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OpEdNews Op Eds    H3'ed 9/25/16

India alarmed at Pakistan-Russia joint military exercise

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Message Abdus-Sattar Ghazali
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India is alarmed at the first Pakistan-Russia two-week joint military exercise which began Saturday, September 24.

Around 70 Russian soldiers and officers along with some 130 Pakistani counterparts are taking part in the war games called Friendship 2016. The Russian Television (RT) said the name is a symbolical reference to the old Cold War tensions between Moscow and Islamabad, which the two capitals are now trying to overcome. Moscow and Islamabad were on opposite sides during the Cold War.

The Friendship 2016 exercise is going ahead despite speculation that they may be canceled, which surfaced after tensions between Pakistan and India escalated in the wake of the September 18 attack on Indian troops stationed in Uri, a town in the disputed province of Kashmir.

Eighteen soldiers were killed in last Sunday's attack on an Indian army base in Kashmir, which was the worst of its kind to hit the divided Himalayan region in more than a decade, increasing hostility between the nuclear-armed neighbors.

Earlier, CNN-New18 TV had reported on Monday that the joint military exercise was called off by Russia following the Uri attack. The channel had also shared the news on Twitter, saying, "Russia calls off joint military drills with Pakistan."

India's Ministry of External Affairs had also reportedly urged Russia to reconsider its decision to hold joint military drills with Pakistan. Following the Uri attack India embarked on a policy to diplomatically isolate Pakistan in the international community for what it called sponsoring terrorism.

Moscow informed New Delhi of the scheduled joint exercise with Pakistan and is certain that they should not concern India, considering that they are conducted far from the disputed territories, Zamir Kabulov, the chief or Russian Foreign Ministry's Middle East department told RIA Novosti.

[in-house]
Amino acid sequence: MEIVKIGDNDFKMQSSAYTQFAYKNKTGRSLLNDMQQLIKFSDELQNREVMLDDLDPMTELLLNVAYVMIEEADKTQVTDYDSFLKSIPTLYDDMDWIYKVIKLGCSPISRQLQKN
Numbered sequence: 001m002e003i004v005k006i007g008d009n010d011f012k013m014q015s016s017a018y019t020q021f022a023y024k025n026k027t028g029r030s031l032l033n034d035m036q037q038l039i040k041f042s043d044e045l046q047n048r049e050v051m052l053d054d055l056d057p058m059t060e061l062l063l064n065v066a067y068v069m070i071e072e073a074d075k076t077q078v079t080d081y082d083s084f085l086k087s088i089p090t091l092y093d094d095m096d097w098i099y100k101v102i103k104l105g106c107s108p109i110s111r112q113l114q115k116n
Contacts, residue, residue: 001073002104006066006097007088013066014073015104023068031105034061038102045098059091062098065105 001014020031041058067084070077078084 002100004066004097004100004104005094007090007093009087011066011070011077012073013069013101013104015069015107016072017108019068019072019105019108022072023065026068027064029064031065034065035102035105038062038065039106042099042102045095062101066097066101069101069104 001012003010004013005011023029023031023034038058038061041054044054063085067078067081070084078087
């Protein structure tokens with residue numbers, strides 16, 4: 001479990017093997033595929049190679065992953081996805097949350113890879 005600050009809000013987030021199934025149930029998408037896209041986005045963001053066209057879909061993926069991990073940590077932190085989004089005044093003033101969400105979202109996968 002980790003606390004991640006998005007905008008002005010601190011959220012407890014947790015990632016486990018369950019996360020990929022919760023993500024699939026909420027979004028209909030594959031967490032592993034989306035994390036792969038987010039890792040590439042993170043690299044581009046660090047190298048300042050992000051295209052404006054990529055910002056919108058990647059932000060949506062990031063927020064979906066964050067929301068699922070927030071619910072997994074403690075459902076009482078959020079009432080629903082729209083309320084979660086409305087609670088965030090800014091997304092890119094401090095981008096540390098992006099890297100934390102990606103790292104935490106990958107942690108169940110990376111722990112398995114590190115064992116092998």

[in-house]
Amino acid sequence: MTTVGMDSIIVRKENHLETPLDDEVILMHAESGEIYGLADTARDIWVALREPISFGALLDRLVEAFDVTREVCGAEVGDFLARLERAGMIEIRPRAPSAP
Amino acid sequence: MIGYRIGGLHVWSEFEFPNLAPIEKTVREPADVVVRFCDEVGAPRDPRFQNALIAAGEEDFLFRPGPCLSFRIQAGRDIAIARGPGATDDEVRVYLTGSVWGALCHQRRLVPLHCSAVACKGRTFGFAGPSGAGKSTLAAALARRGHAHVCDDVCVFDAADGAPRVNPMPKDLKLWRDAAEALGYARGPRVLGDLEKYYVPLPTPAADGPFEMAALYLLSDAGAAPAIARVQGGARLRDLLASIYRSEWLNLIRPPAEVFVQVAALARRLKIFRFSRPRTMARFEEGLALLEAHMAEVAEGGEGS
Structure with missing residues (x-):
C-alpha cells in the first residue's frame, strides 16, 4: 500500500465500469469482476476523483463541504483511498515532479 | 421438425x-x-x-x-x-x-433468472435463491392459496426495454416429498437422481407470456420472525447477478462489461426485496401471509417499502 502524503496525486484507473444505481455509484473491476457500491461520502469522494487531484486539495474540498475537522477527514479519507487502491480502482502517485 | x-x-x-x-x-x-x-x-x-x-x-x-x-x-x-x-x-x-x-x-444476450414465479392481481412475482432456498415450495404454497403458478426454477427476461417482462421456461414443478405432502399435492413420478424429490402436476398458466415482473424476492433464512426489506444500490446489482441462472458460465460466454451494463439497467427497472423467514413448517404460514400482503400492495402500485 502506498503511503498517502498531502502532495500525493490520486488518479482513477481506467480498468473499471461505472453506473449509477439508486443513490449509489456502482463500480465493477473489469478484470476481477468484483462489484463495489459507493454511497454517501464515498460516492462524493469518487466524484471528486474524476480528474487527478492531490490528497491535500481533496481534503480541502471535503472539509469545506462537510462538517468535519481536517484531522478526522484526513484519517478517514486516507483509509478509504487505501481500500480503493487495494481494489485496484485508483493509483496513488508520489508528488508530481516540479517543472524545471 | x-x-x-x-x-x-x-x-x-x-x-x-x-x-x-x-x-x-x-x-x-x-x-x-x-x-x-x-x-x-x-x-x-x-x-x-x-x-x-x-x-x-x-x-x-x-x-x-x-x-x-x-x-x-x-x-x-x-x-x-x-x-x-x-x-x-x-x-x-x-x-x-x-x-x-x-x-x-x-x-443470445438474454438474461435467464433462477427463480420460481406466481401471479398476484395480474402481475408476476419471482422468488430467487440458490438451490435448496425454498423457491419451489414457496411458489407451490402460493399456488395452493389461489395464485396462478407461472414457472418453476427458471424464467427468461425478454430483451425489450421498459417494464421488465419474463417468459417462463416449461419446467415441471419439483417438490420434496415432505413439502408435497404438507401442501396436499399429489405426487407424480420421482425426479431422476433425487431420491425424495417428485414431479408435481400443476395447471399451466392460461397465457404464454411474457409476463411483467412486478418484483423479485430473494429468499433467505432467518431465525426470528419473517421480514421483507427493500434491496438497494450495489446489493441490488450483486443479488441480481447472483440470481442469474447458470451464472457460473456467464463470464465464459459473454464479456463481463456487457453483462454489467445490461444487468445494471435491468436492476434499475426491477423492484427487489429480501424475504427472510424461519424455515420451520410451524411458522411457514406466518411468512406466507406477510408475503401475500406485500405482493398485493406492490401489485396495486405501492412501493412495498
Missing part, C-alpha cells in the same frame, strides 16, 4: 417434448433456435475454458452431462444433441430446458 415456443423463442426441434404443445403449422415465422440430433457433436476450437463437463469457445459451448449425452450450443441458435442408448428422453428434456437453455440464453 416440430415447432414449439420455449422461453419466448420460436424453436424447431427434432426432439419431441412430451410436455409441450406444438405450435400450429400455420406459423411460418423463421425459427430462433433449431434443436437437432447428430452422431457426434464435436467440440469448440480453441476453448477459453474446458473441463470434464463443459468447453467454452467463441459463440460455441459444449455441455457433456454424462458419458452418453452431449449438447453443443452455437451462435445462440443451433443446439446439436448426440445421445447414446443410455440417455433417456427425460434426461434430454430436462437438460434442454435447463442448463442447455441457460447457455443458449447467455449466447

The exercise was first announced in January and is a signal that "Moscow and Islamabad are interested in deepening military-to-military relations," Pakistan's ambassador to Moscow Qazi Khalilullah told TASS.

"This obviously indicates a desire on both sides to broaden defense and military-technical cooperation," he said.

Islamabad is eager to improve its ties with Moscow to diversify its options in the event of any friction with Washington. Its relations with the US soured recently when the sale of eight F-16 fighter jets to Pakistan was blocked by US lawmakers.

Over the last 15 months, Pakistani military chiefs have travelled to Russia. The flurry of high-level exchanges between the two nations resulted in the signing of a deal for the sale of four MI-35 attack helicopters to Islamabad. Pakistan is also exploring buying Su-35 fighter jets from Russia.

Russian military cooperation with Pakistan has been gaining pace over the past few years, making a turn from the past, when Islamabad was a key supporter of the Taliban insurgency in Soviet-occupied Afghanistan.

In 2014, Moscow lifted a longstanding ban on sale of arms to Pakistan. Sergey Chemezov, head of Russian state-run technologies corporation Rostec, announced on June 2, 2014 that Russia has lifted an embargo on supplying weapons and military hardware to Pakistan.

Last year the two countries signed a deal on four Russian Mil Mi-35M attack helicopters, which are meant to replace Pakistan's aging US-made AH-1 Cobras

Delhi-based Rajeev Sharma, writing on Russian TV website, argued:

"Russia and Pakistan have had a rather cold relationship, despite the latter's sustained attempts over recent years to mend the ties. Reasons for the Russian coldness toward Pakistan are not difficult to see. It is the India factor. India clearly does not favor Russia cozying up to Pakistan and Russia could not have afforded to annoy the Indians. Why, after all, Russia should play a zero-sum game in South Asia when it is having the best of relations with India, a sworn enemy of Pakistan?

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Abdus-Sattar Ghazali Social Media Pages: Facebook page url on login Profile not filled in       Twitter page url on login Profile not filled in       Linkedin page url on login Profile not filled in       Instagram page url on login Profile not filled in

Author and journalist. Author of Islamic Pakistan: Illusions & Reality; Islam in the Post-Cold War Era; Islam & Modernism; Islam & Muslims in the Post-9/11 America. Currently working as free lance journalist. Executive Editor of American (more...)
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